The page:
Are you sure you want to buy this material for

25 Karma

Buy Material

BOOM! Enjoy Your Free Notes!

We've added these Notes to your profile, click here to view them now.


You're already Subscribed!

Looks like you've already subscribed to StudySoup, you won't need to purchase another subscription to get this material. To access this material simply click 'View Full Document'

Why people love StudySoup

Steve Martinelli UC Los Angeles

"There's no way I would have passed my Organic Chemistry class this semester without the notes and study guides I got from StudySoup."

Anthony Lee UC Santa Barbara

"I bought an awesome study guide, which helped me get an A in my Math 34B class this quarter!"

Jim McGreen Ohio University

"Knowing I can count on the Elite Notetaker in my class allows me to focus on what the professor is saying instead of just scribbling notes the whole time and falling behind."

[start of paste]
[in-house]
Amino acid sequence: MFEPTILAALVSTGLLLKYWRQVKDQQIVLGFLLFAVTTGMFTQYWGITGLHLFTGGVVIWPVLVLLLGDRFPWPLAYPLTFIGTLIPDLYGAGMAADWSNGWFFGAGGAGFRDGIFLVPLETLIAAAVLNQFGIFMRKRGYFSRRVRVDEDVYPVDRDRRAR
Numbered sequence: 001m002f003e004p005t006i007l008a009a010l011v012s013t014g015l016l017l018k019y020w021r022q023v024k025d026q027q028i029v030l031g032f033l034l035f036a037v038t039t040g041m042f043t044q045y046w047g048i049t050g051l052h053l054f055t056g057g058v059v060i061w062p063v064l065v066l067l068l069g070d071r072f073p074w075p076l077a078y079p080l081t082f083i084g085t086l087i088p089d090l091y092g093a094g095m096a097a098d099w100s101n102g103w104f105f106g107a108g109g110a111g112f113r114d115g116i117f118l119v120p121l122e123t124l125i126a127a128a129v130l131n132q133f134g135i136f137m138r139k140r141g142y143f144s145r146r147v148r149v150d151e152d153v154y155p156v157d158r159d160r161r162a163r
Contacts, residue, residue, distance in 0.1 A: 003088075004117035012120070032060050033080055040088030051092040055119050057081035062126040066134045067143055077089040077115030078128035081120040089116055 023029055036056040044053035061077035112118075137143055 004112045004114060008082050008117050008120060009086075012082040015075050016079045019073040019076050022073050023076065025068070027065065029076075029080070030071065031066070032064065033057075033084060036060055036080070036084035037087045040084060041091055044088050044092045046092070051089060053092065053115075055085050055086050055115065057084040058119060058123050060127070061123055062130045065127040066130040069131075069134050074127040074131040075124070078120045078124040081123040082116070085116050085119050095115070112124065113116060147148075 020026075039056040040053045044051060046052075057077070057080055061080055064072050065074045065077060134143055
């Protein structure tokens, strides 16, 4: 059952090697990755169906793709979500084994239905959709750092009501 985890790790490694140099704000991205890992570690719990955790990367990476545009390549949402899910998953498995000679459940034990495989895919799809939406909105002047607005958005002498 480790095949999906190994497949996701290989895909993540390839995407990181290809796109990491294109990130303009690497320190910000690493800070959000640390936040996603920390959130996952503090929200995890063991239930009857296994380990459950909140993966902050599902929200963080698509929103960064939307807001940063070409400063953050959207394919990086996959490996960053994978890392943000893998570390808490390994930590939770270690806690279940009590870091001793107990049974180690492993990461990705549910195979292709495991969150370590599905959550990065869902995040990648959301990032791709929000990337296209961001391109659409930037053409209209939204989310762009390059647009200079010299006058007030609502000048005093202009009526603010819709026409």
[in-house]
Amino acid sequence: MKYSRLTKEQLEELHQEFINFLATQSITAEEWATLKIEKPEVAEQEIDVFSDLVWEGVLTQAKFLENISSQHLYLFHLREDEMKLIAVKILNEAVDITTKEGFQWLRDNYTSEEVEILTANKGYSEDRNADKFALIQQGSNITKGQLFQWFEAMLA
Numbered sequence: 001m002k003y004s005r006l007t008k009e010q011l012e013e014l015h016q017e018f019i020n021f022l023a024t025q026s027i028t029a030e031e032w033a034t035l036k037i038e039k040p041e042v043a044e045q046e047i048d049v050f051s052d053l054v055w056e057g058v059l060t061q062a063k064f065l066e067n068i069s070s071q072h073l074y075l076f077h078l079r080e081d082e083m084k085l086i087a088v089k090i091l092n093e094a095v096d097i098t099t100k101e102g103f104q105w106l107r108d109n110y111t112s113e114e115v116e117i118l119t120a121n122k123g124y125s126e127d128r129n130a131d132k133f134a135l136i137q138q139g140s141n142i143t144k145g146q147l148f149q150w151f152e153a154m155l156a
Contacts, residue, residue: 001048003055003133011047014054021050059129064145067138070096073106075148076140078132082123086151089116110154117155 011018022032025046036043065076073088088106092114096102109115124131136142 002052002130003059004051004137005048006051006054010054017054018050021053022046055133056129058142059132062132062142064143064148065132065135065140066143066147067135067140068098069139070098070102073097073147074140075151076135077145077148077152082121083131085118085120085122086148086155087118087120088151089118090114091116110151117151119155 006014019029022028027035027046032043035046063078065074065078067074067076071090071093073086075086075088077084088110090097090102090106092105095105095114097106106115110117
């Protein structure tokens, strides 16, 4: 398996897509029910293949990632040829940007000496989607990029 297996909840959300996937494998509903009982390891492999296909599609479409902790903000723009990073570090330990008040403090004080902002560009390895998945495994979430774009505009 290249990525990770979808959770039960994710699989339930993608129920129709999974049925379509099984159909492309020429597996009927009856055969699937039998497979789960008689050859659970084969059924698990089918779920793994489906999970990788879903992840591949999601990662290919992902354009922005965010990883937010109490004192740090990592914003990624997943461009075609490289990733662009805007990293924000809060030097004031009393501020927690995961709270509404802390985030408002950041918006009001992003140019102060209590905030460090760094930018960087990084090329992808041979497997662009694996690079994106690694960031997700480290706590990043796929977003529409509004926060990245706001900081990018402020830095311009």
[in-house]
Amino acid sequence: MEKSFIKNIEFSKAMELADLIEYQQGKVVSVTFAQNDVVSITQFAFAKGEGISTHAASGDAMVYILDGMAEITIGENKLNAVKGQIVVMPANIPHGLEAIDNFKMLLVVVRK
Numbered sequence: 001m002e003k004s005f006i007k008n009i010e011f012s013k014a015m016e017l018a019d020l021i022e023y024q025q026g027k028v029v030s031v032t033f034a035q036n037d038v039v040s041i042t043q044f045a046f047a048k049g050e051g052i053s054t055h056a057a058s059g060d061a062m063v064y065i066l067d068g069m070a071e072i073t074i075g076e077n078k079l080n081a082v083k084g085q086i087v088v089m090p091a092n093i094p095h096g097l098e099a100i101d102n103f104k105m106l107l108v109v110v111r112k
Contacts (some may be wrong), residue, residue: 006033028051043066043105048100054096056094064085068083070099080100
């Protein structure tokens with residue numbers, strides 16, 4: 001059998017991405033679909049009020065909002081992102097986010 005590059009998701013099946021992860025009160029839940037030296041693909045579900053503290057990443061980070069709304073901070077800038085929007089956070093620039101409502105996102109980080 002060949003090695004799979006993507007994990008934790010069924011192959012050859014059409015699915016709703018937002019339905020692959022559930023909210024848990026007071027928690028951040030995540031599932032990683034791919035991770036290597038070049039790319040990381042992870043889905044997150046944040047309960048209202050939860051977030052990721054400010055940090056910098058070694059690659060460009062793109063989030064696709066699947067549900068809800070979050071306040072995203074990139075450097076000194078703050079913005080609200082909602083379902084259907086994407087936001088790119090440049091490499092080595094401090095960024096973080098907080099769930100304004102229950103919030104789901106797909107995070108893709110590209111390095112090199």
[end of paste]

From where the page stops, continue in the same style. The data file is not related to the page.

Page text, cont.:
"Their 'Elite Notetakers' are making over $1,200/month in sales by creating high quality content that helps their classmates in a time of need."

Become an Elite Notetaker and start selling your notes online!

Refund Policy


All subscriptions to StudySoup are paid in full at the time of subscribing. To change your credit card information or to cancel your subscription, go to "Edit Settings". All credit card information will be available there. If you should decide to cancel your subscription, it will continue to be valid until the next payment period, as all payments for the current period were made in advance. For special circumstances, please email


StudySoup has more than 1 million course-specific study resources to help students study smarter. If you’re having trouble finding what you’re looking for, our customer support team can help you find what you need! Feel free to contact them here:

Recurring Subscriptions: If you have canceled your recurring subscription on the day of renewal and have not downloaded any documents, you may request a refund by submitting an email to

Satisfaction Guarantee: If you’re not satisfied with your subscription, you can contact us for further help. Contact must be made within 3 business days of your subscription purchase and your refund request will be subject for review.

Please Note: Refunds can never be provided more than 30 days after the initial purchase date regardless of your activity on the site.